BRASSARD, LOUIS-MARIE, priest; b. 17 Dec. 1726 at Quebec, son of Jean-Baptiste Brassard, a beadle, and Marie-Françoise Huppé, dit Lagroix; d. 27 Dec. 1800 in Nicolet (Que.).
Louis-Marie Brassard was enrolled in the Séminaire de Québec on 4 Dec. 1742 and on 15 Dec. 1746 received the tonsure. He continued to live in the seminary until he was ordained priest by Bishop Pontbriand [Dubreil*] on 20 Dec. 1749. He was immediately given parish responsibilities as a curate. Historian Jean-Baptiste-Arthur Allaire* claims that his first assignment was to Île Royale (Cape Breton Island) as a missionary. If so, Brassard stayed there only briefly since by March 1750 he was curate at Charlesbourg. The following autumn he was appointed parish priest of Nicolet. Brassard also had to serve an area including the present-day parishes of Saint-Grégoire-le-Grand and Saint-Antoine-de-la-Baie-du-Febvre. He ceased ministering to the mission of Saint-Grégoire at an unknown date and to Saint-Antoine in 1786.
Brassard ran into difficulties with the faithful of Saint-Antoine over the building of a church and presbytery there. They argued strongly against his plan to construct these buildings on land he owned on the shore. It is significant that Brassard did not win this conflict. We do not know, however, how far he should be held responsible for the dispute. Brassard was devoted to his bishop and his flock at Nicolet, but he gave the impression of not being as interested in the people of Saint-Antoine as he should have been. Relations between them became so strained that in 1785 the latter complained to Bishop Louis-Philippe Mariauchau d’Esgly that they had been ignored by their pastor.
On the other hand, Brassard had a tranquil and pleasant life with his Nicolet parishioners. Since he was near them and they had the chance to get to know him, they were in a position to recognize and value his talents. He reciprocated. In 1784 he built the stone church they wanted on land he had bought in Nicolet in 1770. A house and various other buildings were subsequently erected on the same site. He bequeathed his goods, as well as his rents and his lands, to the parish council of Nicolet, in order to provide his parish with a primary school. The need for such an institution was great, there being none in the vicinity. The school was opened in 1801, a few months after his death. It remained in existence until the Brothers of the Christian Schools came to Nicolet in 1887. The building which it had occupied became in 1803 the Séminaire de Nicolet, a classical college, but the school continued within the college building.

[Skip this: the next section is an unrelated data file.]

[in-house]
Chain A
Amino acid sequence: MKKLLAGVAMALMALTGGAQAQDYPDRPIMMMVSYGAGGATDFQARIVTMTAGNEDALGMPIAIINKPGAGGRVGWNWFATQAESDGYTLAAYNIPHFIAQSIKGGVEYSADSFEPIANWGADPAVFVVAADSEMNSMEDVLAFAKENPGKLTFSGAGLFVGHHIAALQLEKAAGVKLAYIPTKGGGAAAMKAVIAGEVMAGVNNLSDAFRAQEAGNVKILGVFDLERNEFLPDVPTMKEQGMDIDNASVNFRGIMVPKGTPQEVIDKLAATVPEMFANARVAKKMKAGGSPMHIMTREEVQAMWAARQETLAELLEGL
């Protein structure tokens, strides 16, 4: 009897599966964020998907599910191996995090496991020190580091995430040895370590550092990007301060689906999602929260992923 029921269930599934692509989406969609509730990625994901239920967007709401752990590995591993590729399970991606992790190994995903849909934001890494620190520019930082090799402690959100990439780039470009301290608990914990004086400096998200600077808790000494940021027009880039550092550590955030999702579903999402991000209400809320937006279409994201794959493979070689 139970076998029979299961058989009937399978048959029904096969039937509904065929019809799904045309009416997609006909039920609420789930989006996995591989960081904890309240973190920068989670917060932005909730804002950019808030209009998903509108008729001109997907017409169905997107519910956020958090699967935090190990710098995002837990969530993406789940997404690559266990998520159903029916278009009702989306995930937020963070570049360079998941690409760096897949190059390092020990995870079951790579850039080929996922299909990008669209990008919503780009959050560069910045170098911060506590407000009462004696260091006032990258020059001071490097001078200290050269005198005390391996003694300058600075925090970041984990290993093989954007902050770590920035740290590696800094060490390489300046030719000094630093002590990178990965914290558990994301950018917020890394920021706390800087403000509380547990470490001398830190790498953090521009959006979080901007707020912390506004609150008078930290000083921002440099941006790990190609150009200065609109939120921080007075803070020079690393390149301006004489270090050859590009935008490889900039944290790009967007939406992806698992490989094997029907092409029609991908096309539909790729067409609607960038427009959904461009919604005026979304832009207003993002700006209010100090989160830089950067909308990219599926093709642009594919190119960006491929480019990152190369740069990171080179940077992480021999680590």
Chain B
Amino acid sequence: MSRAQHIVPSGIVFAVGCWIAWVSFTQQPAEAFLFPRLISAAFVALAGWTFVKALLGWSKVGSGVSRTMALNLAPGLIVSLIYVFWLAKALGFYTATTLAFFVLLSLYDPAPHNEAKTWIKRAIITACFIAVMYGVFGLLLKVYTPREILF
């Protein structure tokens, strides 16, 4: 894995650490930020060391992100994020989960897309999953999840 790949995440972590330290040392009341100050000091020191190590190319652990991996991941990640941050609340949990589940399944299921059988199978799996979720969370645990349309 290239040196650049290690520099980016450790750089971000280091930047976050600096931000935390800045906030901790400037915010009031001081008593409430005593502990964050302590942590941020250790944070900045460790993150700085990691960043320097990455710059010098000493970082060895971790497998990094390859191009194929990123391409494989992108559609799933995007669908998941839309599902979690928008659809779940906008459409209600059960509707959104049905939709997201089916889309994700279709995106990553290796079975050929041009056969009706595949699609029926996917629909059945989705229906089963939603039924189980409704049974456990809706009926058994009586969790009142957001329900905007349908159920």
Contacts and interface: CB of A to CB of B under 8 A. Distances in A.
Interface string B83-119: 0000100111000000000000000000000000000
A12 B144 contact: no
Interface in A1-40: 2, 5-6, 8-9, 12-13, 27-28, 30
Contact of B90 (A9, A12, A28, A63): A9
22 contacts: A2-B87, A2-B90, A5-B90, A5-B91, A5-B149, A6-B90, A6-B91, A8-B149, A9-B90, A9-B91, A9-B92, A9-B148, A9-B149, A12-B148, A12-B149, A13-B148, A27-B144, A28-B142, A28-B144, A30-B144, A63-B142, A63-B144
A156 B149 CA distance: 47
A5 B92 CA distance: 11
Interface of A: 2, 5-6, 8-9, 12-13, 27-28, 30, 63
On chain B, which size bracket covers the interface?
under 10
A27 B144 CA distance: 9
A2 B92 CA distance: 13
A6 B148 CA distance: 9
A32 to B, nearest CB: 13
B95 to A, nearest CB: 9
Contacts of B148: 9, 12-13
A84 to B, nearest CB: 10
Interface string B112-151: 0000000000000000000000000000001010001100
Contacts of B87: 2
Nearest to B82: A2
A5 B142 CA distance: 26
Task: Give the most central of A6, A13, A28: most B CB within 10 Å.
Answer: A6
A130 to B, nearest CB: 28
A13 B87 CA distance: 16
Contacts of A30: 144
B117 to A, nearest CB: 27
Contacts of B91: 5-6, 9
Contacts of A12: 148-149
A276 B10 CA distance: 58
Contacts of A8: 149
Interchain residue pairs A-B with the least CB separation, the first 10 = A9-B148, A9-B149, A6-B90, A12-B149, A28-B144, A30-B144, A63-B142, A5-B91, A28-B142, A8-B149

In his history of the Séminaire de Nicolet, Bishop Joseph-Antoine-Irénée Douville comments on Brassard’s zeal and his affection for his parishioners. The few relevant documents which have been preserved seem to refute the assertion so far as the people of Saint-Antoine-de-la-Baie-du-Febvre are concerned, but Brassard apparently served the inhabitants of Nicolet to their complete satisfaction and he continued to minister to them until his death on 27 Dec. 1800, although after 1791 he was no longer the parish priest.
AAQ, 515 CD, I, 3; IV, 198; IX, 2a. ANQ-Q, État civil, Catholiques, Notre-Dame de Québec, 19 déc. 1726. Archives de l’évêché de Nicolet (Nicolet, Qué.), Cartable Saint-Jean-Baptiste-de-Nicolet, I, 5–8, 17. ASN, AO, Polygraphie, I, 4–42; Séminaire, IX, 53; Titres divers et contrats de l’abbé Louis-Marie Brassard; AP-G, L.-É. Bois, Garde-notes, 9, p.147; 11, p.84; 14, p.62. ASQ, mss, 2, f.53. Allaire, Dictionnaire. J.-E. Bellemare, Histoire de la Baie-Saint-Antoine, dite Baie-du-Febvre, 1683–1911 (Montréal, 1911), 59–160; Histoire de Nicolet, 1669–1924 (Arthabaska, Qué., 1924), 104–62. J.-A.-I. Douville, Histoire du collège-séminaire de Nicolet, 1803–1903, avec les listes complètes des directeurs, professeurs et élèves de l’institution (2v., Montréal, 1903), I, 1–20.